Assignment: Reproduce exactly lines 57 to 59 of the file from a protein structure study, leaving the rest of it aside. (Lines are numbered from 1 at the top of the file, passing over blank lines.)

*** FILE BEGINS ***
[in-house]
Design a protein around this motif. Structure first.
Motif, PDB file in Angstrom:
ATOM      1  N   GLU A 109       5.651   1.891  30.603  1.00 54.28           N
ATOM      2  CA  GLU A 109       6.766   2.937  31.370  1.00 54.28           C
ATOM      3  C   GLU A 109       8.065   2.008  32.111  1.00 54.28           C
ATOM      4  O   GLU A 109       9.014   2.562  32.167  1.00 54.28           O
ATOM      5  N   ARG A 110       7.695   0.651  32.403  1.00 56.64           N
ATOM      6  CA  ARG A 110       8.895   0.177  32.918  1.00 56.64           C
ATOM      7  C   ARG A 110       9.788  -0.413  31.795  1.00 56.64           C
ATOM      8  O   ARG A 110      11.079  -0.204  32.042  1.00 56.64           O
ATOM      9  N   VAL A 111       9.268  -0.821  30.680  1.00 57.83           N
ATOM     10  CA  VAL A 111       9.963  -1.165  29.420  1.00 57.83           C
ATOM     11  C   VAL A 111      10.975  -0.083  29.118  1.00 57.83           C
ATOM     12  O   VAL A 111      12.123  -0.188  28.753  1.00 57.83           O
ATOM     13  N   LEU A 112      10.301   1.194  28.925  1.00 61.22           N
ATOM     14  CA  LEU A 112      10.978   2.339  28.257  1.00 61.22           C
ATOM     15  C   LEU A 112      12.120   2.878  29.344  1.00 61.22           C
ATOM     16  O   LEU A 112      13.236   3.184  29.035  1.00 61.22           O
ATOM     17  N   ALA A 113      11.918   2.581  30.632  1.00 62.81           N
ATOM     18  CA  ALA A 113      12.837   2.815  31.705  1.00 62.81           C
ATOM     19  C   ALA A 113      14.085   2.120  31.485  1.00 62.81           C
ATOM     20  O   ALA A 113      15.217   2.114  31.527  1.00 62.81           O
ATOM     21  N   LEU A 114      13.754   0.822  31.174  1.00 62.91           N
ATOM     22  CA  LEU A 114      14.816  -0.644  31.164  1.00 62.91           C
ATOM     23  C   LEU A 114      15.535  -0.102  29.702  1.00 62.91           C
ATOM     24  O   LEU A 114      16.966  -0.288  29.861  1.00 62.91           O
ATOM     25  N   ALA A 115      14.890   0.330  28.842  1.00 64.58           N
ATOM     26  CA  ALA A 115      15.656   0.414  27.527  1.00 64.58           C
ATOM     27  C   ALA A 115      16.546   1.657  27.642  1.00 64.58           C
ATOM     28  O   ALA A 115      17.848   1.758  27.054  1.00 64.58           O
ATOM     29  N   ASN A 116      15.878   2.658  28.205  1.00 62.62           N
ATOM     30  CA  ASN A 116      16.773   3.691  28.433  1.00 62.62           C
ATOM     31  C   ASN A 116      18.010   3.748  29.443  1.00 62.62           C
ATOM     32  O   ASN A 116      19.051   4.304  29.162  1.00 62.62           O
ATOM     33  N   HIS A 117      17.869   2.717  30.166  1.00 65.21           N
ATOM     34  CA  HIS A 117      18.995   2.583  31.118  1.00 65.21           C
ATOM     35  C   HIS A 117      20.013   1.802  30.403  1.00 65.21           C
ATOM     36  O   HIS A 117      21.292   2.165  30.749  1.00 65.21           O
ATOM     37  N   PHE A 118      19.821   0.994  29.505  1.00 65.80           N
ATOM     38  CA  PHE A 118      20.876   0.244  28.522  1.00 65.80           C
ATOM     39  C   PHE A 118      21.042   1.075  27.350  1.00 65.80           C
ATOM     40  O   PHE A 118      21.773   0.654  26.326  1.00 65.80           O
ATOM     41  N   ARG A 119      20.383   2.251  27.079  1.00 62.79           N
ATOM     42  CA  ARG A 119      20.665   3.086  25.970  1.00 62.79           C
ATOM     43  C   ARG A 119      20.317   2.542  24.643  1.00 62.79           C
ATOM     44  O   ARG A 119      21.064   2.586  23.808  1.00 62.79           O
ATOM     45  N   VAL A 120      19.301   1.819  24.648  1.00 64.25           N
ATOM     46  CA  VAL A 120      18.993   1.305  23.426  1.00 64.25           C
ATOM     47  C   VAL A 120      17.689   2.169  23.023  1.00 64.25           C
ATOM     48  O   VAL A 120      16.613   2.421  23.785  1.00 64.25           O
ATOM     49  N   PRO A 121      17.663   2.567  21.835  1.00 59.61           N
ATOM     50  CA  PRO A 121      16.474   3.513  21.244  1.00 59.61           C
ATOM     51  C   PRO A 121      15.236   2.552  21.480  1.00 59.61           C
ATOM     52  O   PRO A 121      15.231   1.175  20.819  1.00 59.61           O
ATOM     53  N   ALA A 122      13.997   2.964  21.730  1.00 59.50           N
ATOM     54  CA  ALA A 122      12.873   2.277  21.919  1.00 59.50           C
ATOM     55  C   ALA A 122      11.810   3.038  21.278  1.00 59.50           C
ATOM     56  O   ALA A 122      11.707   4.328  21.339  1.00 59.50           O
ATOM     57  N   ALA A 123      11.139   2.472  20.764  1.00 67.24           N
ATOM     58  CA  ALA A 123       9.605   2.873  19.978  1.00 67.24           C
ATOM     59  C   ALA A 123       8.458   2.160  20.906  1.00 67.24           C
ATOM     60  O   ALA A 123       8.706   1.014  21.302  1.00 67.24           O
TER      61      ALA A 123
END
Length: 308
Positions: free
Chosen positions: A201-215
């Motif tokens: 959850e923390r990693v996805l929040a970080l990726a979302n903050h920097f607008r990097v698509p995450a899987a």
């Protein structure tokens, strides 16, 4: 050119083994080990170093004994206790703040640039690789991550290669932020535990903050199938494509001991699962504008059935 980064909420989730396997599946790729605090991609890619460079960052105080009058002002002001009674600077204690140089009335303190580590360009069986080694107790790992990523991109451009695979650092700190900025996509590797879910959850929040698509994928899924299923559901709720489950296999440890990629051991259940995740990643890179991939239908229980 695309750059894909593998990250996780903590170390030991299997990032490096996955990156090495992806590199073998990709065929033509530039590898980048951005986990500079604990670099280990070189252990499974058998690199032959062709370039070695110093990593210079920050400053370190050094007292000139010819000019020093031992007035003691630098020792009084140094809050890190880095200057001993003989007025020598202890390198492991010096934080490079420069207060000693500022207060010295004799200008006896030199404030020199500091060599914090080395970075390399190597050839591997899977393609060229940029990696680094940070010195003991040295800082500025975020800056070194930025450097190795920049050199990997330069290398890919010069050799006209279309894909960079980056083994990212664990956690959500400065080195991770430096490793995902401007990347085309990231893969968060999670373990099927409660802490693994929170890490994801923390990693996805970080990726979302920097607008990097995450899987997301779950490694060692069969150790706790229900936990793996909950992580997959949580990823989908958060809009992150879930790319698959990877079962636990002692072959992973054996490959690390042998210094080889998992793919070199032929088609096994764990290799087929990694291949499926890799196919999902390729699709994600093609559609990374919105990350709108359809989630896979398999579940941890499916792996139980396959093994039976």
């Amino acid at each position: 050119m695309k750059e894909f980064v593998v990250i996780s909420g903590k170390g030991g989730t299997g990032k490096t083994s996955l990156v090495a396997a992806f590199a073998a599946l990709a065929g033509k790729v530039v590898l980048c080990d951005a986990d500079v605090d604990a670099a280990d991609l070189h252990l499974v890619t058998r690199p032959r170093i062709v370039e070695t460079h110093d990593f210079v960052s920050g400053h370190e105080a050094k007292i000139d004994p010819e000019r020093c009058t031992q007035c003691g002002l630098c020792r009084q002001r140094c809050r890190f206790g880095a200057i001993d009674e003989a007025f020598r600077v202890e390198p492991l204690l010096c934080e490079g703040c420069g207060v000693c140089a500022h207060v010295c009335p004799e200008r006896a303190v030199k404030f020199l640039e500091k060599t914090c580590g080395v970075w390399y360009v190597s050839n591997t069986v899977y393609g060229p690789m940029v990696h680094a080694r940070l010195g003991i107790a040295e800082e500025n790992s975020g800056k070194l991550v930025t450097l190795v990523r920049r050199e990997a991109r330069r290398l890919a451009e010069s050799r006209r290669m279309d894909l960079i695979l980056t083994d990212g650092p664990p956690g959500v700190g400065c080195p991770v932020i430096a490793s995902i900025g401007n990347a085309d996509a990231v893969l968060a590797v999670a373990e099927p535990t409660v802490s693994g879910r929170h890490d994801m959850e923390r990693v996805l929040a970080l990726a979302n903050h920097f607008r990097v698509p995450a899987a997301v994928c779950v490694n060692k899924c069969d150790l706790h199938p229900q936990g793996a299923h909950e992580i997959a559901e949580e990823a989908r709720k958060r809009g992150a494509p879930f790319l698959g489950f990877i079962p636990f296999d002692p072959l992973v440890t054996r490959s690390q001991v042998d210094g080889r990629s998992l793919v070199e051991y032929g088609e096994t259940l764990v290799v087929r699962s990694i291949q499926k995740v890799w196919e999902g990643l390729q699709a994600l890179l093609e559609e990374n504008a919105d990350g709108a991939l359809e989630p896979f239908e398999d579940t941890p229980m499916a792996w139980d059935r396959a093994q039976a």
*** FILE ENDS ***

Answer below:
ATOM     54  CA  ALA A 122      12.873   2.277  21.919  1.00 59.50           C
ATOM     55  C   ALA A 122      11.810   3.038  21.278  1.00 59.50           C
ATOM     56  O   ALA A 122      11.707   4.328  21.339  1.00 59.50           O